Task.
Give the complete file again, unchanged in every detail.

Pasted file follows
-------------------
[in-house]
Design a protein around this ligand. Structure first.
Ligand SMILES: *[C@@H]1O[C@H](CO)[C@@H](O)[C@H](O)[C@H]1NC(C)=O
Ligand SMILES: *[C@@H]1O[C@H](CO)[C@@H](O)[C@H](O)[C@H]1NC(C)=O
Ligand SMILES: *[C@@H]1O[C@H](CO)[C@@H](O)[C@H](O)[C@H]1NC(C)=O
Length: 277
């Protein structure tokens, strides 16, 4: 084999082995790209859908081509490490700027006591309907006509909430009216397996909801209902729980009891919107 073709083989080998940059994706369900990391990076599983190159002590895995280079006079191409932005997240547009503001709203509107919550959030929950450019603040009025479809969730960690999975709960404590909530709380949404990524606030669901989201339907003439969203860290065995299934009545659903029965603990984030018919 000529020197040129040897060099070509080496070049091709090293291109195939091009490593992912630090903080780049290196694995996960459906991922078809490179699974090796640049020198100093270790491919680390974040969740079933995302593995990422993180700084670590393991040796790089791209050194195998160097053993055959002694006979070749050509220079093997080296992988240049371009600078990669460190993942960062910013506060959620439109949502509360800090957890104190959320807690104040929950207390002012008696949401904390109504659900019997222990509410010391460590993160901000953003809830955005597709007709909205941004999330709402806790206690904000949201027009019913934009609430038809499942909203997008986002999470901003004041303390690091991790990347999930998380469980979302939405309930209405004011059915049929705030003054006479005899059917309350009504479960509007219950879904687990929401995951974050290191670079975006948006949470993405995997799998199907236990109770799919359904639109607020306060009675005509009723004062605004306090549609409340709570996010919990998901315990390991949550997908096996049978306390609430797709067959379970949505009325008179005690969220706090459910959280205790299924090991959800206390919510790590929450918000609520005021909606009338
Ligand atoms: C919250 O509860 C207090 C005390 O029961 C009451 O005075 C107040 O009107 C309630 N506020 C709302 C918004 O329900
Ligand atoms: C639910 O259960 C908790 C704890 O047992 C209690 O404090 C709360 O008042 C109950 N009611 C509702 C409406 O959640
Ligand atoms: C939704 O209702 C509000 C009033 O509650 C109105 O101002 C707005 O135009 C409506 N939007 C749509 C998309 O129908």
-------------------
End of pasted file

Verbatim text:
[in-house]
Design a protein around this ligand. Structure first.
Ligand SMILES: *[C@@H]1O[C@H](CO)[C@@H](O)[C@H](O)[C@H]1NC(C)=O
Ligand SMILES: *[C@@H]1O[C@H](CO)[C@@H](O)[C@H](O)[C@H]1NC(C)=O
Ligand SMILES: *[C@@H]1O[C@H](CO)[C@@H](O)[C@H](O)[C@H]1NC(C)=O
Length: 277
């Protein structure tokens, strides 16, 4: 084999082995790209859908081509490490700027006591309907006509909430009216397996909801209902729980009891919107 073709083989080998940059994706369900990391990076599983190159002590895995280079006079191409932005997240547009503001709203509107919550959030929950450019603040009025479809969730960690999975709960404590909530709380949404990524606030669901989201339907003439969203860290065995299934009545659903029965603990984030018919 000529020197040129040897060099070509080496070049091709090293291109195939091009490593992912630090903080780049290196694995996960459906991922078809490179699974090796640049020198100093270790491919680390974040969740079933995302593995990422993180700084670590393991040796790089791209050194195998160097053993055959002694006979070749050509220079093997080296992988240049371009600078990669460190993942960062910013506060959620439109949502509360800090957890104190959320807690104040929950207390002012008696949401904390109504659900019997222990509410010391460590993160901000953003809830955005597709007709909205941004999330709402806790206690904000949201027009019913934009609430038809499942909203997008986002999470901003004041303390690091991790990347999930998380469980979302939405309930209405004011059915049929705030003054006479005899059917309350009504479960509007219950879904687990929401995951974050290191670079975006948006949470993405995997799998199907236990109770799919359904639109607020306060009675005509009723004062605004306090549609409340709570996010919990998901315990390991949550997908096996049978306390609430797709067959379970949505009325008179005690969220706090459910959280205790299924090991959800206390919510790590929450918000609520005021909606009338
Ligand atoms: C919250 O509860 C207090 C005390 O029961 C009451 O005075 C107040 O009107 C309630 N506020 C709302 C918004 O329900
Ligand atoms: C639910 O259960 C908790 C704890 O047992 C209690 O404090 C709360 O008042 C109950 N009611 C509702 C409406 O959640
Ligand atoms: C939704 O209702 C509000 C009033 O509650 C109105 O101002 C707005 O135009 C409506 N939007 C749509 C998309 O129908």